Self-critique: At this size, I think the boarders around the sections are a little too thick now. The writing prompts need to come down a bit from the top edge on some of the pages and the fonts within the daily boxes can now be smaller. Next month I’ll definitely try a different color scheme which I plan to do each month anyway. Overall, I think it’s almost there.

This month, I hope to fill in every box on every page, so I get the full experience. I hope to try every prompt and hope you will tell me which prompts (written and visual) you like the best. Thank you for playing along. I hope you find inspiration in these pages.

 

Happy Reading and Writing!

 

The Planner Project Continues into May

May planner

2019 Planner May Week One

The Experiment

For readers who are new to Experience Writing, thank you for being here. These free daily planner pages are part of an experiment I started at the beginning of the year. I wanted to get ahead of the submissions game and know about deadlines in advance, so I didn’t feel like I had always just missed something. To accomplish this goal, I have been researching and reading literary magazines, and other writing markets, and incorporating information about deadlines and expectations into a daily planner design.

My hope is that you will download the pages and either print them out or use them in your word processing software, to motivate you to submit your stories and poetry to literary and genre markets, get your pile of rejections, and eventually get published. I also hope, that in return you will give me specific feedback on how the pages can be improved.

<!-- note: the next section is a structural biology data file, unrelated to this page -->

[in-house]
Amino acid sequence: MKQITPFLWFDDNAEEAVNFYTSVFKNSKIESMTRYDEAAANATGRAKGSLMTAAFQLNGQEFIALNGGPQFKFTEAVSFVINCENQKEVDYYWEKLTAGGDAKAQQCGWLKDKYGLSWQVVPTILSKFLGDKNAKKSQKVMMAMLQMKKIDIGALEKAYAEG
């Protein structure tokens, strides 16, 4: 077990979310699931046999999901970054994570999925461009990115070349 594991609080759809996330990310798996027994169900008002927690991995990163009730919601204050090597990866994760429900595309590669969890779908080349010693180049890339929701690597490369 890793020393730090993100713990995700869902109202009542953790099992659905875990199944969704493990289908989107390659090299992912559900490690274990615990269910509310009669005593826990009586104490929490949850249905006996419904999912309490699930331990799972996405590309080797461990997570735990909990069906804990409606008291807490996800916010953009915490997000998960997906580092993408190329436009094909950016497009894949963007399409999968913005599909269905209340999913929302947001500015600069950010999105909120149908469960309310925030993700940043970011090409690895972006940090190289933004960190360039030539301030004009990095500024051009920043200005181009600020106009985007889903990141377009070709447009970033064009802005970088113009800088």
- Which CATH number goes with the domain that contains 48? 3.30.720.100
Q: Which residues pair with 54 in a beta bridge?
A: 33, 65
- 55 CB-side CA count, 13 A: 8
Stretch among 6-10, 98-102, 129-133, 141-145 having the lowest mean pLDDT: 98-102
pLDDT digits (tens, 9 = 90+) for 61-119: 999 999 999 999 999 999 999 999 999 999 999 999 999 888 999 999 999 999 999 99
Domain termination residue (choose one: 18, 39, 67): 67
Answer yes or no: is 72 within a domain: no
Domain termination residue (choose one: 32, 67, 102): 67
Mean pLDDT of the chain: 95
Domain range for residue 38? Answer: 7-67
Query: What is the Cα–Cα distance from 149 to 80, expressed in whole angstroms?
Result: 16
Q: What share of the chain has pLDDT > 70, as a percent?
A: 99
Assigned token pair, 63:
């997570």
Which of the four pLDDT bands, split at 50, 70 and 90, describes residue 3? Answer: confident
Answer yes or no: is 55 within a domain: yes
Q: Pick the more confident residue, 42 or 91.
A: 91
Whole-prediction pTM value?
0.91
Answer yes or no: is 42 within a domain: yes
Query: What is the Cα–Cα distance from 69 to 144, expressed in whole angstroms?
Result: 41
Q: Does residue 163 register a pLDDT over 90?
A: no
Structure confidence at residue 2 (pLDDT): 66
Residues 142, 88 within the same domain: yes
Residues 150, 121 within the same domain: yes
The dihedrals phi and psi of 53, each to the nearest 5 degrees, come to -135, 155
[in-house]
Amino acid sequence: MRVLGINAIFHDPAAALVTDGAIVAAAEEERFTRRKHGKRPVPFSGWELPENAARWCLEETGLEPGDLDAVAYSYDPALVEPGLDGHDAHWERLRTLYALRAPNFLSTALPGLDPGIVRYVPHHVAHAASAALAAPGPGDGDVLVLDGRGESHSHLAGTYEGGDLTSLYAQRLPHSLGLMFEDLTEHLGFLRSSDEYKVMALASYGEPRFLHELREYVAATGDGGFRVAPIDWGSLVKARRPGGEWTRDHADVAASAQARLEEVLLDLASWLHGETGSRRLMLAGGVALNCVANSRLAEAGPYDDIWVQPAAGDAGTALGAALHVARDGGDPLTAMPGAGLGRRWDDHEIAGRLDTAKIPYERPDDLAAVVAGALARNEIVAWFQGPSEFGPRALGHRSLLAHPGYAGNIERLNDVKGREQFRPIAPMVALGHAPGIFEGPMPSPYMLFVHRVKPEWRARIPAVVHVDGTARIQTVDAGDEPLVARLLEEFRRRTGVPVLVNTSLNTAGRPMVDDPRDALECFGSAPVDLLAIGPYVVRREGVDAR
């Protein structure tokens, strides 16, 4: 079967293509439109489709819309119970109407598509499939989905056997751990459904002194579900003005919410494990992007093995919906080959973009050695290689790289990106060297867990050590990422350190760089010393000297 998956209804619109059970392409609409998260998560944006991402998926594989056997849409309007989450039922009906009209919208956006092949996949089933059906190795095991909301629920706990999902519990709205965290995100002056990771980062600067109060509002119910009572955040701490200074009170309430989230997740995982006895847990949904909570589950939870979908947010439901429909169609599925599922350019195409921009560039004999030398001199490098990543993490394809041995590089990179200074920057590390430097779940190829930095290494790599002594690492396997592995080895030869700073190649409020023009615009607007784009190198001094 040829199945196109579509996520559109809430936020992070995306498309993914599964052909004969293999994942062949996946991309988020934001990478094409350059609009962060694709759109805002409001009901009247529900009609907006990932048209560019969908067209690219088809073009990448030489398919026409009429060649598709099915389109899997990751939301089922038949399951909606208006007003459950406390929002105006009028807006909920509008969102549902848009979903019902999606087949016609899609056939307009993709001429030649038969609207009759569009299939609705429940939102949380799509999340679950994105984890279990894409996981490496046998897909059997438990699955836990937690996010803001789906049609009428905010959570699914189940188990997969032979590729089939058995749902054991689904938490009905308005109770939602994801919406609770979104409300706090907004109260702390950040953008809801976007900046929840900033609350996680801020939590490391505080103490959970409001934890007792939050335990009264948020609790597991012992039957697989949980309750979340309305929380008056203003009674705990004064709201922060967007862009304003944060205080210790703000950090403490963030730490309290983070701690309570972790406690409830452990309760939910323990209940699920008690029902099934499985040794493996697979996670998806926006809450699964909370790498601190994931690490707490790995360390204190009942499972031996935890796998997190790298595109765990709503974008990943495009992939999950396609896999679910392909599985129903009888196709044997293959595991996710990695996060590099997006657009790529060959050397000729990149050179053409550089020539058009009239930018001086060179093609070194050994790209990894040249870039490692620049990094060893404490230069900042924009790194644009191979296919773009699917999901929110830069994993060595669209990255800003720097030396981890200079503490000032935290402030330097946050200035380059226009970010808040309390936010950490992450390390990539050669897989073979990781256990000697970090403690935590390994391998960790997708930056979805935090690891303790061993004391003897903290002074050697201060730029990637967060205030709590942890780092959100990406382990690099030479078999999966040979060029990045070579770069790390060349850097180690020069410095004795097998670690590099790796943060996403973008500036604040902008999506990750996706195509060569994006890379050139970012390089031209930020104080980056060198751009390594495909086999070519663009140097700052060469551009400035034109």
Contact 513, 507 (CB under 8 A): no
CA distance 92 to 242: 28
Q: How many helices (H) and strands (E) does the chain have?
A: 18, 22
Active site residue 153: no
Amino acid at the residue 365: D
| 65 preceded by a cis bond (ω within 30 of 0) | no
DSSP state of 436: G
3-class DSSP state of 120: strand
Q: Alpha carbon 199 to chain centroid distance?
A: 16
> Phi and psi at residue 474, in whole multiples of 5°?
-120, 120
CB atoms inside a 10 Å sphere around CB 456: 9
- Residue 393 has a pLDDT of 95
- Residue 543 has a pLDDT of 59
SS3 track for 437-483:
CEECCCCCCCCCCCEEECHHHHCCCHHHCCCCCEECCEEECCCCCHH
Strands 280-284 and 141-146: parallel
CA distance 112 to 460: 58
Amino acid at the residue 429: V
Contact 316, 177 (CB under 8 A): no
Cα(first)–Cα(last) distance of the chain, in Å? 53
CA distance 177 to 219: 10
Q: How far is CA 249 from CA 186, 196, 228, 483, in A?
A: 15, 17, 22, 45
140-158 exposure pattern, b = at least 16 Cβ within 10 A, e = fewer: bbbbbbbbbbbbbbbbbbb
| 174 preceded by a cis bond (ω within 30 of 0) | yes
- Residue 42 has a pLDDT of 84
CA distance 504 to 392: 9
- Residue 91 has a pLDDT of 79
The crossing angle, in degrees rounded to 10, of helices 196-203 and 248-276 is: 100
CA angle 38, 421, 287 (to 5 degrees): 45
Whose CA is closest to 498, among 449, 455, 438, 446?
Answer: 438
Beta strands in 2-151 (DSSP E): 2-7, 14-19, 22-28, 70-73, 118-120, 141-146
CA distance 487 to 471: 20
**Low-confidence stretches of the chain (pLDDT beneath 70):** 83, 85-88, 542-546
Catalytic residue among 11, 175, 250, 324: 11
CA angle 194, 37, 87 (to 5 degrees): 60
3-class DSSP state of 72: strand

Another Great Resource

I’ve made many interesting journal finds on Submittable lately, but when I expanded my search to look for anthologies and other deadlines, I happened across a site I hadn’t visited in a while. Publishing . . . and Other Forms of Insanity has a listing of deadlines by month along with a treasure trove of useful information for writers.

April Review

As I expected, I tried to do too much in April. Writing a story each weekend for the Writer’s Games and a poem and blog post every day for NaPoWriMo and A to Z Challenge was a lot. I managed to do it all, but the Planner Experiment didn’t get the time and attention it needed and I’m feeling pretty burned out. Of course, getting the flu at the end didn’t help. In other words, I only accomplished 2 submissions in the whole month of April. However, I have many new things to submit, so I look forward to making up for it in May.

Let’s look at the numbers:

Journal Submissions: 0

Other Submissions: 1 anthology, 1 poem to Master Class collection

Rejections: 8  (3 of these letters sounded like I made it past the first round and was given serious consideration. I’ll take them seriously and make sure to submit new work to them during their next reading periods).

Stories Written: 6 short stories, 2 flash

Poems Written: 28 published to Experience Writing, 10 not (saved to submit to journals)

Books read

  • novels 2
  • short story collections 2